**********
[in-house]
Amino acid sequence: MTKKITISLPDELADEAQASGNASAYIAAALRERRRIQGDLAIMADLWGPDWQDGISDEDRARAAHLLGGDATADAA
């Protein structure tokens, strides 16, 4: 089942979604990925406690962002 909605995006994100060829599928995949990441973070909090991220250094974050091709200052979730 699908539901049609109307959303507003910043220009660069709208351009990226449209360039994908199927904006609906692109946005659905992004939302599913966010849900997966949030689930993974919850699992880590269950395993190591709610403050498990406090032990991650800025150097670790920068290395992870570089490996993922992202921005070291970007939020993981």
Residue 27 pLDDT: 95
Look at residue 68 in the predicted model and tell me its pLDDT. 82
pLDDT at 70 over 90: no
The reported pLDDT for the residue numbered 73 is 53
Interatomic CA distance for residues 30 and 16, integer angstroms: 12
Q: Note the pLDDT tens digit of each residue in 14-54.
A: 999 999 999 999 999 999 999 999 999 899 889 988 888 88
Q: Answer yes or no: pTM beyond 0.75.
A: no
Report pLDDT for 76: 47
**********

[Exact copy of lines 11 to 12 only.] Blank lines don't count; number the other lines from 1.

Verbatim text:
Q: Answer yes or no: pTM beyond 0.75.
A: no